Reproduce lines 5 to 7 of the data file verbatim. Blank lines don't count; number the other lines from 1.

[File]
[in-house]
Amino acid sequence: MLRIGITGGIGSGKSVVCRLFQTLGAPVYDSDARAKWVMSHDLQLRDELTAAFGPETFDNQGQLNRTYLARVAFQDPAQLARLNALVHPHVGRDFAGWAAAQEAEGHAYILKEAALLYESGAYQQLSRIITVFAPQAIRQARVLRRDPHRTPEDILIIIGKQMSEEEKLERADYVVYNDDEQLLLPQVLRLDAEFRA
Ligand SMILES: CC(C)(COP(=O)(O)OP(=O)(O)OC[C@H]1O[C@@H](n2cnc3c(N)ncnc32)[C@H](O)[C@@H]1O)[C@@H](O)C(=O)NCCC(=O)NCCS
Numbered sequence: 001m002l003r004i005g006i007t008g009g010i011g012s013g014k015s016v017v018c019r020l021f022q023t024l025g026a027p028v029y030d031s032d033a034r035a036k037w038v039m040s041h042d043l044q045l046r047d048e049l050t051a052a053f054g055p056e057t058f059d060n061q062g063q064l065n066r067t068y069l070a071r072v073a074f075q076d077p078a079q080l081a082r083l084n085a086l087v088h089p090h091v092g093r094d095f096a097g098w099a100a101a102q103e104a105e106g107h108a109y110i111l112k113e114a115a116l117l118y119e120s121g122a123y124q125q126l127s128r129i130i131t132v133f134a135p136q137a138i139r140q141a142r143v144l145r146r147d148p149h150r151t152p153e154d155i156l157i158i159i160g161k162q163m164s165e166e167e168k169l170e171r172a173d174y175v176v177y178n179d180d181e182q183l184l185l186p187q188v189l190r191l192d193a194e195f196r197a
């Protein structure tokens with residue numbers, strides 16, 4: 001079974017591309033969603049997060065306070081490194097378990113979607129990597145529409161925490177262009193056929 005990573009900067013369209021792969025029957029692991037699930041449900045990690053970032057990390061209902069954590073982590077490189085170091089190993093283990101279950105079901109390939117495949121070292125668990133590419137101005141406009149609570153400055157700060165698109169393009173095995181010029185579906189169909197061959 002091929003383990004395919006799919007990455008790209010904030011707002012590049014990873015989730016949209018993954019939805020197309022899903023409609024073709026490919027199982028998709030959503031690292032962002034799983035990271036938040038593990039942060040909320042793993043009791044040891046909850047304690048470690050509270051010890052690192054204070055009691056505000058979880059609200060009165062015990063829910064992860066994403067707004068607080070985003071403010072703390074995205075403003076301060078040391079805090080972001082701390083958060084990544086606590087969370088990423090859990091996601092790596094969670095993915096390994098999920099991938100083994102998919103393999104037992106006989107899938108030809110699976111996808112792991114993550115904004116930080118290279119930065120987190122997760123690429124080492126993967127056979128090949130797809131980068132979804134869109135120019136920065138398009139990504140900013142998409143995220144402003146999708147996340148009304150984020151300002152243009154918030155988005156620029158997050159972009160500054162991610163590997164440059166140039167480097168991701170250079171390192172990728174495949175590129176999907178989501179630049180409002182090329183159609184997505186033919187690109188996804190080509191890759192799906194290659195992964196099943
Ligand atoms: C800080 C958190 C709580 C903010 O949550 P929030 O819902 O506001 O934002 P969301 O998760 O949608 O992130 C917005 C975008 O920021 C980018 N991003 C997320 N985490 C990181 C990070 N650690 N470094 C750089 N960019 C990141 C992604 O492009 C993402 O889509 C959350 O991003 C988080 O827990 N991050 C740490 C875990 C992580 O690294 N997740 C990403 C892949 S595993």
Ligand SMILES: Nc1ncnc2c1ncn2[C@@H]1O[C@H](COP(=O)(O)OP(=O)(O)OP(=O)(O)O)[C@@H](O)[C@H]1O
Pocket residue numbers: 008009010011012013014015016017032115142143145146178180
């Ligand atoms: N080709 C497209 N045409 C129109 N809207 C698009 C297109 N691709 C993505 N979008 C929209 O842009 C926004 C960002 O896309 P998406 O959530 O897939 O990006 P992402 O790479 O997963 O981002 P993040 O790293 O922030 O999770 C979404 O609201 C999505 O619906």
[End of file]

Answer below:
């Protein structure tokens with residue numbers, strides 16, 4: 001079974017591309033969603049997060065306070081490194097378990113979607129990597145529409161925490177262009193056929 005990573009900067013369209021792969025029957029692991037699930041449900045990690053970032057990390061209902069954590073982590077490189085170091089190993093283990101279950105079901109390939117495949121070292125668990133590419137101005141406009149609570153400055157700060165698109169393009173095995181010029185579906189169909197061959 002091929003383990004395919006799919007990455008790209010904030011707002012590049014990873015989730016949209018993954019939805020197309022899903023409609024073709026490919027199982028998709030959503031690292032962002034799983035990271036938040038593990039942060040909320042793993043009791044040891046909850047304690048470690050509270051010890052690192054204070055009691056505000058979880059609200060009165062015990063829910064992860066994403067707004068607080070985003071403010072703390074995205075403003076301060078040391079805090080972001082701390083958060084990544086606590087969370088990423090859990091996601092790596094969670095993915096390994098999920099991938100083994102998919103393999104037992106006989107899938108030809110699976111996808112792991114993550115904004116930080118290279119930065120987190122997760123690429124080492126993967127056979128090949130797809131980068132979804134869109135120019136920065138398009139990504140900013142998409143995220144402003146999708147996340148009304150984020151300002152243009154918030155988005156620029158997050159972009160500054162991610163590997164440059166140039167480097168991701170250079171390192172990728174495949175590129176999907178989501179630049180409002182090329183159609184997505186033919187690109188996804190080509191890759192799906194290659195992964196099943
Ligand atoms: C800080 C958190 C709580 C903010 O949550 P929030 O819902 O506001 O934002 P969301 O998760 O949608 O992130 C917005 C975008 O920021 C980018 N991003 C997320 N985490 C990181 C990070 N650690 N470094 C750089 N960019 C990141 C992604 O492009 C993402 O889509 C959350 O991003 C988080 O827990 N991050 C740490 C875990 C992580 O690294 N997740 C990403 C892949 S595993």
Ligand SMILES: Nc1ncnc2c1ncn2[C@@H]1O[C@H](COP(=O)(O)OP(=O)(O)OP(=O)(O)O)[C@@H](O)[C@H]1O